Independent financial research organisation Viceroy Research has released a damning report on Reconnaissance Energy Africa Ltd (ReconAfrica) – the Canadian oil and gas company that has set its sights on the Kavango Basin in Namibia and Botswana. The Viceroy report labels ReconAfrica a “stock-promoted junior explorer, drilling imaginary oil basins in a fragile ecosystem”. It concludes by saying that the detailed findings have been shared with Canadian regulators.
ReconAfrica has rejected suggestions that it is a “pump and dump” stock. In this illegal practice, stock prices are inflated through misleading assertions, allowing insiders to sell off their shares for profit after a surge in interest before the price crashes. ReconAfrica’s share price has risen from around USD 0.5 to USD 13 in the past 18 months, despite serious concerns about the environmental implications of the proposed mining operations.
However, Viceroy’s report states that “once (ReconAfrica’s) promotional veil has been pulled back, we believe the company will revert to trading as a speculative, but highly unimpressive, penny stock”.
In summary, the report highlights the following geological and practical concerns:
- Drilling blind
- ReconAfrica has been marketing its exploration allotment as a potential shale (unconventional) play – a type of exploration banned by the Namibian Government. The Botswana Government has denied that ReconAfrica has permission to conduct this type of exploration and has stated that the company is only in the initial stages of assessing geological data.
- The company has used surface geology analysis, geochemical sniffing and aeromagnetic data to indicate the possibility of a basin that might justify real oil and gas exploration – “this severe overreaction is the equivalent of justifying a gold mine at a beach because a metal detector pinged”.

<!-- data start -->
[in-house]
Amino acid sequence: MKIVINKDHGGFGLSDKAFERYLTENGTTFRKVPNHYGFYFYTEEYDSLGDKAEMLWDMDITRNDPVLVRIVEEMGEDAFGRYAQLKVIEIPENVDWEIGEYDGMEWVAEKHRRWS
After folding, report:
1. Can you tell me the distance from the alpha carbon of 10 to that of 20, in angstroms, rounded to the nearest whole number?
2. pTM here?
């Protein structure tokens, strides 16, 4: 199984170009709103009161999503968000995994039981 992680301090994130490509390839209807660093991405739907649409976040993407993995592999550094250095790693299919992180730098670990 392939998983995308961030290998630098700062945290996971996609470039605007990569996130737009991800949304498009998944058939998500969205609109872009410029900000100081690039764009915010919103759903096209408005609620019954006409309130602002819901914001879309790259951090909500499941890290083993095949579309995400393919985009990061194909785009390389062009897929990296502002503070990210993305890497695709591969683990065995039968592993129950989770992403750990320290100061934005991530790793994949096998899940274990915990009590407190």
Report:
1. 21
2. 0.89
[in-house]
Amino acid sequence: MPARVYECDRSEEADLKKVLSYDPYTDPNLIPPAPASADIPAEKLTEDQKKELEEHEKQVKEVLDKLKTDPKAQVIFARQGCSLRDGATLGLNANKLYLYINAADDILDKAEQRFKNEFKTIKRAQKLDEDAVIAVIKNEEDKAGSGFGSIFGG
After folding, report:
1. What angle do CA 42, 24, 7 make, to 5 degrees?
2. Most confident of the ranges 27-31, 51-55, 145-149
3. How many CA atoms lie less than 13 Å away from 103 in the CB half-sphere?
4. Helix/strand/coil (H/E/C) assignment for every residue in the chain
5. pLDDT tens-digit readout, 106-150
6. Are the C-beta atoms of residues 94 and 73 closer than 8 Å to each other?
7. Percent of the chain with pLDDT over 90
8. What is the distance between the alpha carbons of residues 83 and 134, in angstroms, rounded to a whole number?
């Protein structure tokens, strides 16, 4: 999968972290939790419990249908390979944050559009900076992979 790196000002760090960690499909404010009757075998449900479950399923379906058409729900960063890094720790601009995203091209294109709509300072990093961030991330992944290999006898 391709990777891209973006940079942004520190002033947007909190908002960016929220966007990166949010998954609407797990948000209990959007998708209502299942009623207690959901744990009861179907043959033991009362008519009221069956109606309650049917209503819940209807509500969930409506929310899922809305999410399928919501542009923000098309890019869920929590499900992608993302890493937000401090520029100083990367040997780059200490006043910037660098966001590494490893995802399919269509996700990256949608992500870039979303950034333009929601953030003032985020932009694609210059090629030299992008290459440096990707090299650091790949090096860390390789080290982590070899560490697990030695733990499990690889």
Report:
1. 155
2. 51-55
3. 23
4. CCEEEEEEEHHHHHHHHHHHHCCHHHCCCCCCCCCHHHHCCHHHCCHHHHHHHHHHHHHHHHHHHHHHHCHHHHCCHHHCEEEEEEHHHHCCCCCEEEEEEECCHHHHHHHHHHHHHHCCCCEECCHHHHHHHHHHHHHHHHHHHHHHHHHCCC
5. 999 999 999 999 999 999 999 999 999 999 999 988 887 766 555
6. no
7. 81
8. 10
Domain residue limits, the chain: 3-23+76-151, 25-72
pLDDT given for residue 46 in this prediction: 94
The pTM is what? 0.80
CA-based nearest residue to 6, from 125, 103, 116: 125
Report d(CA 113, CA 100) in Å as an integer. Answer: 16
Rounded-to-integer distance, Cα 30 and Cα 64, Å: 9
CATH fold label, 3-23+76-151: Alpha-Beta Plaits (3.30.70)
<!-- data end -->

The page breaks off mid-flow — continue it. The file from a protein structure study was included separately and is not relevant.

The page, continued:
- The company is years and tens of millions of dollars away from drilling an exploratory well with any chance of discovering commercial oil or gas. The three stratigraphic wells were drilled to “justify overly optimistic press releases, swindle investors and fulfil their immediate commitments to the government to retain their leases”.
- No well data has been released because the two wells drilled so far failed to encounter oil or gas.
- “This approach of drilling blind was common in the 1940s to the 1960s among the oil and gas giants who had billions to burn; for a smaller company with limited case and time, this is a last-ditch effort.”
- Their licence to drill
- ReconAfrica’s license requires them to forfeit 75% of the lease area by January 2022, and it is unlikely they will have sufficient data to determine which sites to relinquish – “they are rapidly running out of time to do anything that would yield a commercial discovery.”
- The Sproule Report
- The report produced by Sproule, an external reserves auditor, was purely conceptual, based on potential analogues in other countries – it is a work of “geo-fantasy”.
- Regardless, Sproule estimates just a 3.3% chance of commercial success.
- The “Kavango” Basin
- The Viceroy analysts believe that ReconAfrica’s lease is likely on the Owambo basin rather than the previously unexplored Kavango basin. The Owambo basin has been extensively prospected but with limited success
Along with the environmental concerns, the Viceroy report also indicates that various members of ReconAfrica’s management come with chequered histories, ranging from bribery to incompetence and a trail of ecological damage and unrehabilitated wells. The retail interest they have acquired, according to the report, is due to a strategy of duping unsophisticated investors through crooked analysts, stock promoters, YouTubers and “ClickBait masters”. ReconAfrica’s association with Namibian businessman Knowledge Katti created the impression of insider political connections to “do the magic” with government officials.
The critical report concludes by stating that ReconAfrica is a “tale as old as time”, manipulating investors that will ultimately be burned when the fiction is revealed as such. Viceroy’s report prompted a brief dip in share price and an immediate backlash from ReconAfrica in a press release refuting the “false, short report”, to which Viceroy responded as follows.
[Editorial note: Viceroy is headed by short-sellers whose research has, in recent years, triggered stock collapses in German company Wirecard and South Africa company Steinhoff.]
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